Alternative Driver’s Licenses for Unauthorized Immigrants

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Alternative Driver’s Licenses for Unauthorized Immigrants
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I-25/I-40 interchange in Albuquerque, New Mexico.

Overview

States are taking an increasingly active role in immigration-related policy. One issue several have addressed in recent years is whether to issue driver’s licenses to foreign-born residents who are not authorized to be in the United States. As of December 2015, 12 states and the District of Columbia have enacted laws to allow unauthorized immigrants to obtain driver’s licenses. Approximately 37 percent of the nation’s unauthorized immigrant population lives in one of these jurisdictions.

In light of this trend, Pew conducted research and hosted conversations with state officials to examine the experiences of policymakers and state agencies as they design and implement these laws. Although Pew takes no position on federal, state, or local laws or policies related to immigration and driver’s licenses, these data and insights can help states make informed choices about whether and how to enact and implement similar laws  and can better position those that have already implemented laws to evaluate their processes and adjust course, if necessary.

This research captures the variety of approaches states have taken and the issues they have confronted. No single model for designing and implementing a driver’s license law fits all states, and officials across the country continue to learn and adapt. States are already reaching out to one another and consulting with outside experts and nontraditional stakeholders, including foreign consulates, community-based organizations, and law enforcement agencies, to gain insight into the populations that these laws target, possible design and implementation successes and pitfalls, and creative solutions. Using these resources, state policymakers can draw from the experiences of other jurisdictions as they make choices about driver’s license policies.

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Deciding Who Drives

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Deciding Who Drives

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drivers licenses
Article

Driver’s Licenses for Unauthorized Immigrants: 2016 Highlights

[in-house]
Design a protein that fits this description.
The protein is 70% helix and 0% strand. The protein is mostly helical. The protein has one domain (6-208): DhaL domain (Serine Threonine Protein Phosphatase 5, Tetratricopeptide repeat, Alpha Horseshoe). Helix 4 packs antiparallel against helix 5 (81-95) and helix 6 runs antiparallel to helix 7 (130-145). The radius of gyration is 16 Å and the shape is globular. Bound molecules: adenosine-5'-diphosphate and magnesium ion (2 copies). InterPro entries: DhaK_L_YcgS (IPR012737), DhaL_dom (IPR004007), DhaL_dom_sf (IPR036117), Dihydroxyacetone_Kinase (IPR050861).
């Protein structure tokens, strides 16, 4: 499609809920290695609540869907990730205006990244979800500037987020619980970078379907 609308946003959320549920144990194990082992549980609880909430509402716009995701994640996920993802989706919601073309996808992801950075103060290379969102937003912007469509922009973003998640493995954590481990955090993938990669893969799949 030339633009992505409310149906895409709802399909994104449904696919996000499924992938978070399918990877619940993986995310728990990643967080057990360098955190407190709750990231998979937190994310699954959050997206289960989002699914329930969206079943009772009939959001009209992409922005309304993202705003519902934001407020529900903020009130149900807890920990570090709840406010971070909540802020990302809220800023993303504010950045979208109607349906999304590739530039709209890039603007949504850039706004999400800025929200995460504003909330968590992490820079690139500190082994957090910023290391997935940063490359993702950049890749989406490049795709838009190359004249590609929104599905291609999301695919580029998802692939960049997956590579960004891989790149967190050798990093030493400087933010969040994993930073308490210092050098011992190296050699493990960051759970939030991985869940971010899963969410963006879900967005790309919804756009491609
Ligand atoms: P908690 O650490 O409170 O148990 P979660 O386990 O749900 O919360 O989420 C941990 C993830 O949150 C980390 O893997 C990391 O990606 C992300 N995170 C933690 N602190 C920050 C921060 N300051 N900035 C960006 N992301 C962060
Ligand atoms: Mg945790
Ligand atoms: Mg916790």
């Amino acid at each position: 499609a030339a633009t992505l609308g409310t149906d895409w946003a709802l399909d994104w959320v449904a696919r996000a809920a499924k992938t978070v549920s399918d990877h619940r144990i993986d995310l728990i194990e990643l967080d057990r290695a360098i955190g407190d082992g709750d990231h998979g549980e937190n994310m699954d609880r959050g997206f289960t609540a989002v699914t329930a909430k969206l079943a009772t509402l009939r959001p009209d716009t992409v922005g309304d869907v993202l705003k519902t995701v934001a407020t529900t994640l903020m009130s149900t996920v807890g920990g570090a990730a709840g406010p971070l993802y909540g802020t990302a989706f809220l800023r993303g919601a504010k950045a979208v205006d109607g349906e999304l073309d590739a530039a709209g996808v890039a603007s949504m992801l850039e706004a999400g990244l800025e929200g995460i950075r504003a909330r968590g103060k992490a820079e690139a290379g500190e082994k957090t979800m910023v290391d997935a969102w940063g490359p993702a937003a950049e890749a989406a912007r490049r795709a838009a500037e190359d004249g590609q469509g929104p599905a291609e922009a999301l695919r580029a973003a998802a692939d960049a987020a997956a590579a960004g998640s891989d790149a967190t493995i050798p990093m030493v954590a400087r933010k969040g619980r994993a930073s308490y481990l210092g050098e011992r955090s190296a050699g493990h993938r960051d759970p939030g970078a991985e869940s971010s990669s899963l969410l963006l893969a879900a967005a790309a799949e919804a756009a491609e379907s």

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In August 2015, The Pew Charitable Trusts produced a first-of-its-kind report examining the experiences of states and localities that issue alternative driver’s licenses to unauthorized immigrants. The analysis explored the choices these jurisdictions made on scope, eligibility standards, issuance procedures, and outreach and education as they designed and implemented their laws.

Deciding who drives
Deciding who drives
Article

Driver’s Licenses for Unauthorized Immigrants: Experts Discuss State Experiences

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Article

On Oct. 15, 2015, experts from California, Delaware, and Nevada came to Washington to discuss their varied experiences designing and implementing laws that allow unauthorized immigrants to obtain alternative driver’s licenses.  The event built on an August 2015 Pew report highlighting the decisions and experiences of the 10 states and the District of Columbia that issue such licenses to this population. 

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front car window
Article

Impacts of Licensing Unauthorized Immigrants

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Previous research by The Pew Charitable Trusts examined the decisions that 10 states and the District of Columbia made when designing and implementing their laws to issue driver’s licenses to unauthorized immigrants. Legislatures considering extending driver’s licenses to unauthorized immigrants debate such potential impacts as the number of insured drivers, public safety, and the economy. This brief provides an overview of the research exploring these potential effects.

PEW_OpenRoadUSA
PEW_OpenRoadUSA
Article

Factors Influencing the Number of Alternative Driver’s Licenses Issued by States

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Article

A Pew report published in August 2015 analyzed the experiences of 11 jurisdictions—California, Colorado, Connecticut, Illinois, Maryland, Nevada, New Mexico, Utah, Vermont, and Washington, plus the District of Columbia—that issue alternative driver’s licenses to unauthorized immigrants. Deciding Who Drives explored how these jurisdictions designed and implemented their laws and the major decisions they made.

Additional Resources

Test your knowledge about driver's licenses for unauthorized immigrants
Test your knowledge about driver's licenses for unauthorized immigrants
Article

Driver’s Licenses for Unauthorized Immigrants

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Article

Some states have decided to allow unauthorized immigrants—those who do not have explicit permission from the U.S. government to reside in the country—to obtain driver’s licenses (also known by other names, such as driving privilege cards). Take our quiz and test your knowledge about this dynamic immigration policy issue. Answers are current as of March 2016.